|A ‘Quality’ Career?|
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Quality is defined, ultimately, by the customer. This simply means that a quality product or service is one that meets customer requirements. Not all customers have the same requirements of course, so quality management emphasises continuous improvement, with the aim of increasing the level of satisfaction of all an organisation’s customers. Quality is all about gaining an understanding of customer needs and meeting or, preferably, exceeding them. Careful and sustained attention must also be paid to the internal culture of the organisation and this requires a company to adopt a philosophy that quality is every employee’s concern, not just that of a quality function or manager.
As part of this focus on customers, organisations need to produce innovative products, services and delivery systems to a high standard which naturally leads to financial savings. However, alongside the traditional quality focuses of continual improvement and customer satisfaction, companies are increasingly concerned with environmental impact and sustainability of their products and processes. It’s in this growing area that quality will be especially important over the coming decades. Why? Because a good quality assurance system is objective and independent. It reassures management and customers alike that an adequate level of quality is being achieved.
Many aspects of quality management are covered within published standards, of which the most well known is probably the ISO 9000 series. Intended to help an organisation to design and implement a quality system, it also allows a company to demonstrate that it will supply goods or services consistently at the level agreed with its customers. A system can be used solely as an internal guide by the organisation or can provide a basis for external audit and certification.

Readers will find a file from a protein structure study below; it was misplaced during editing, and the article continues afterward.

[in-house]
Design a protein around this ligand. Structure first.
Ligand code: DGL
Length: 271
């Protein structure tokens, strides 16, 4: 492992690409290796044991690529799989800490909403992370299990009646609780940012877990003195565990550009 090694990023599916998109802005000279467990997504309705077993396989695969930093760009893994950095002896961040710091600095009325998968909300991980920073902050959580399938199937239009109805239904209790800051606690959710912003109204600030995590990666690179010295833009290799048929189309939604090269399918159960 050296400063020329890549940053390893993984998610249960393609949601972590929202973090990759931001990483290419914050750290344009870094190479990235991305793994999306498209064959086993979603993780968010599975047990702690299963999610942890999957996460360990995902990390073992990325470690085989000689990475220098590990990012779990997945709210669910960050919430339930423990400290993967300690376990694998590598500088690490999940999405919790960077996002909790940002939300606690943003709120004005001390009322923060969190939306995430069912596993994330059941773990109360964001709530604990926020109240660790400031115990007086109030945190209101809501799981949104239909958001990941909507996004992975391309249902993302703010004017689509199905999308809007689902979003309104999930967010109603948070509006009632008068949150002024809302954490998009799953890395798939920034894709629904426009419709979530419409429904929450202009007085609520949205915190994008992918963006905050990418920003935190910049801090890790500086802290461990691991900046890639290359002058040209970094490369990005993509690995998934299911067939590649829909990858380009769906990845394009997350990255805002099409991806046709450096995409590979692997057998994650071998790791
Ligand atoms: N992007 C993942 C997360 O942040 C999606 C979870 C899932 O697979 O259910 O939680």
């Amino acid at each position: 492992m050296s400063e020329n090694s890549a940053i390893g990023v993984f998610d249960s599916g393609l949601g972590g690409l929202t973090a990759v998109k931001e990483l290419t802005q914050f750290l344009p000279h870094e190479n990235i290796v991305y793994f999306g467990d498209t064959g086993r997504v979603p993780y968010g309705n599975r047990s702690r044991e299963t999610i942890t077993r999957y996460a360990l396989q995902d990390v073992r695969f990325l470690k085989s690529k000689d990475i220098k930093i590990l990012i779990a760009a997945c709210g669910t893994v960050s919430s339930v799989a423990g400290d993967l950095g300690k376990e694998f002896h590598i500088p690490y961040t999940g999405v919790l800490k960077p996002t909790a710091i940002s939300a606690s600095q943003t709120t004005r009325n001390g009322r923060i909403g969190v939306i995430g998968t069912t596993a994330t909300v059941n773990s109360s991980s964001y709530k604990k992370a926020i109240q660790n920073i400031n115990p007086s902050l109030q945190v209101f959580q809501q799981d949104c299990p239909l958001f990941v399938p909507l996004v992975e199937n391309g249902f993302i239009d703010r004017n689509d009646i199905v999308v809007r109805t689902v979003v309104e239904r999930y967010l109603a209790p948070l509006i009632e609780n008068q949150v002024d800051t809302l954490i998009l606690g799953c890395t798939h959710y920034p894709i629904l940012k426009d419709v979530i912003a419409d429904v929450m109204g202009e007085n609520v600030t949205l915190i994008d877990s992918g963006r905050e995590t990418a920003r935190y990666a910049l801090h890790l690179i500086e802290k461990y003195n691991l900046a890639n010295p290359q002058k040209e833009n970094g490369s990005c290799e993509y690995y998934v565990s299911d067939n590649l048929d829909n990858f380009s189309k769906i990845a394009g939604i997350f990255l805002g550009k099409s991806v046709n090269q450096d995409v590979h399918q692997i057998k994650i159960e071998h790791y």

In general, those who become responsible for quality management come from within an organisation, with a background of relevant knowledge and experience. In larger companies, people from administrative or production areas may increase their involvement in quality by taking part in specific projects, for example implementing the Excellence Model for business improvement, or they may be asked to train to carry out internal quality audits or inspection activities.
Certain jobs in quality control require little more than on-the-job training; others require skilled technicians who have a qualification in their discipline. As experience is gained, it may be possible to move to functions such as quality assistant, full-time internal quality auditor or assistant quality manager. Progression to a management position may be open to those who have acquired good professional qualifications on top of their experience.
The person responsible for managing quality improvement processes in an organisation will often have a job title such as ‘quality manager’ or ‘business improvement manager’. He or she would normally have membership of a professional body, such as the Chartered Quality Institute (CQI), and/or a degree in their discipline, alongside sound experience in their particular industry and in quality. Quality management consultancy is another field open to those who have considerable experience of implementing quality.
An alternative for those with good understanding and knowledge of quality is quality system auditing. Auditors are employed by certification bodies such as LRQA, BSI and NQA to assess companies against the requirements of ISO 9001 and other quality standards. Auditors need to have appropriate academic and professional qualifications, experience of quality and experience of carrying out audits. Many are certificated by auditor certification bodies such as IRCA (www.irca.org) as competent to perform audits.
|Last Updated ( Wednesday, 28 May 2008 )|
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